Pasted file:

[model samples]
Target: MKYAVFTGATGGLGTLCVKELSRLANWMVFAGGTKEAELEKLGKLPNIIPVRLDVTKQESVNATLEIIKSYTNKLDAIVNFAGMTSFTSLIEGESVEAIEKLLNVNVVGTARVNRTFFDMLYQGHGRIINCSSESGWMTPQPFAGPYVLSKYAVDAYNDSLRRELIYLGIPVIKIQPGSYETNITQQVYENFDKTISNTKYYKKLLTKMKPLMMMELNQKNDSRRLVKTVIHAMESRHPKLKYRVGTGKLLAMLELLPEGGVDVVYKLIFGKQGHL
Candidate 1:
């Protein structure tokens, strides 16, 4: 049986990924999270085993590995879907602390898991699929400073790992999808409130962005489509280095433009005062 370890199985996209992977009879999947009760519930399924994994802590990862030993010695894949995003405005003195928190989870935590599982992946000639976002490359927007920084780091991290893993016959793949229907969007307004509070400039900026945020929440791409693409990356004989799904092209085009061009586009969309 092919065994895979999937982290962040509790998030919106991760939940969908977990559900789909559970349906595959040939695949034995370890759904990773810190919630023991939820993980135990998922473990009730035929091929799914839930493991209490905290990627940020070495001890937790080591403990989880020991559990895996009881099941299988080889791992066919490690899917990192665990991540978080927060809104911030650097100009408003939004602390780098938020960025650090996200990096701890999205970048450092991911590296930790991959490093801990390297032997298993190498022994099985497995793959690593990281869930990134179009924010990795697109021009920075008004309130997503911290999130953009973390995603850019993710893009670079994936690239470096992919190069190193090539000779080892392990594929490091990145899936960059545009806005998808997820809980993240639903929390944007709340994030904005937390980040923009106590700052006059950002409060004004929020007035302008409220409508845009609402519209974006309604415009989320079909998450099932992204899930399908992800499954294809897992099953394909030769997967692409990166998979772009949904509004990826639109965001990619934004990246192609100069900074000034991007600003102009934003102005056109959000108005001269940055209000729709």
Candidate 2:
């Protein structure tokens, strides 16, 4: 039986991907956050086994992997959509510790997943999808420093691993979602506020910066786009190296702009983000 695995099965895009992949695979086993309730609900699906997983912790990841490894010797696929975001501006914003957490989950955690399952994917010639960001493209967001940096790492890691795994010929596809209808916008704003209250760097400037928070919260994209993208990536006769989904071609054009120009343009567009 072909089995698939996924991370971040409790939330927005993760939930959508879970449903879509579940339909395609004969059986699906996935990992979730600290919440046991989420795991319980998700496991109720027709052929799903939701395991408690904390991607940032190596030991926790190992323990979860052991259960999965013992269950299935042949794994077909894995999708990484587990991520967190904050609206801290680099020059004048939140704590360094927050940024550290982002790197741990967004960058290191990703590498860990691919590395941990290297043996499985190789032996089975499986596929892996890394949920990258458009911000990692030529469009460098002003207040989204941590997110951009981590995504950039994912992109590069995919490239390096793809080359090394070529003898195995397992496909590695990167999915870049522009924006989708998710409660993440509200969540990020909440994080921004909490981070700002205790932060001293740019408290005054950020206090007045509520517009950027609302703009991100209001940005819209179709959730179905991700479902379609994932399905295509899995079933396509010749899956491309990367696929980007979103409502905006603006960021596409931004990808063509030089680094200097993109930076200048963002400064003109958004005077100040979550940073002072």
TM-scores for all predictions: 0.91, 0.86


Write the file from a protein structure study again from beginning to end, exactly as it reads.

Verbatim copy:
[model samples]
Target: MKYAVFTGATGGLGTLCVKELSRLANWMVFAGGTKEAELEKLGKLPNIIPVRLDVTKQESVNATLEIIKSYTNKLDAIVNFAGMTSFTSLIEGESVEAIEKLLNVNVVGTARVNRTFFDMLYQGHGRIINCSSESGWMTPQPFAGPYVLSKYAVDAYNDSLRRELIYLGIPVIKIQPGSYETNITQQVYENFDKTISNTKYYKKLLTKMKPLMMMELNQKNDSRRLVKTVIHAMESRHPKLKYRVGTGKLLAMLELLPEGGVDVVYKLIFGKQGHL
Candidate 1:
């Protein structure tokens, strides 16, 4: 049986990924999270085993590995879907602390898991699929400073790992999808409130962005489509280095433009005062 370890199985996209992977009879999947009760519930399924994994802590990862030993010695894949995003405005003195928190989870935590599982992946000639976002490359927007920084780091991290893993016959793949229907969007307004509070400039900026945020929440791409693409990356004989799904092209085009061009586009969309 092919065994895979999937982290962040509790998030919106991760939940969908977990559900789909559970349906595959040939695949034995370890759904990773810190919630023991939820993980135990998922473990009730035929091929799914839930493991209490905290990627940020070495001890937790080591403990989880020991559990895996009881099941299988080889791992066919490690899917990192665990991540978080927060809104911030650097100009408003939004602390780098938020960025650090996200990096701890999205970048450092991911590296930790991959490093801990390297032997298993190498022994099985497995793959690593990281869930990134179009924010990795697109021009920075008004309130997503911290999130953009973390995603850019993710893009670079994936690239470096992919190069190193090539000779080892392990594929490091990145899936960059545009806005998808997820809980993240639903929390944007709340994030904005937390980040923009106590700052006059950002409060004004929020007035302008409220409508845009609402519209974006309604415009989320079909998450099932992204899930399908992800499954294809897992099953394909030769997967692409990166998979772009949904509004990826639109965001990619934004990246192609100069900074000034991007600003102009934003102005056109959000108005001269940055209000729709």
Candidate 2:
């Protein structure tokens, strides 16, 4: 039986991907956050086994992997959509510790997943999808420093691993979602506020910066786009190296702009983000 695995099965895009992949695979086993309730609900699906997983912790990841490894010797696929975001501006914003957490989950955690399952994917010639960001493209967001940096790492890691795994010929596809209808916008704003209250760097400037928070919260994209993208990536006769989904071609054009120009343009567009 072909089995698939996924991370971040409790939330927005993760939930959508879970449903879509579940339909395609004969059986699906996935990992979730600290919440046991989420795991319980998700496991109720027709052929799903939701395991408690904390991607940032190596030991926790190992323990979860052991259960999965013992269950299935042949794994077909894995999708990484587990991520967190904050609206801290680099020059004048939140704590360094927050940024550290982002790197741990967004960058290191990703590498860990691919590395941990290297043996499985190789032996089975499986596929892996890394949920990258458009911000990692030529469009460098002003207040989204941590997110951009981590995504950039994912992109590069995919490239390096793809080359090394070529003898195995397992496909590695990167999915870049522009924006989708998710409660993440509200969540990020909440994080921004909490981070700002205790932060001293740019408290005054950020206090007045509520517009950027609302703009991100209001940005819209179709959730179905991700479902379609994932399905295509899995079933396509010749899956491309990367696929980007979103409502905006603006960021596409931004990808063509030089680094200097993109930076200048963002400064003109958004005077100040979550940073002072």
TM-scores for all predictions: 0.91, 0.86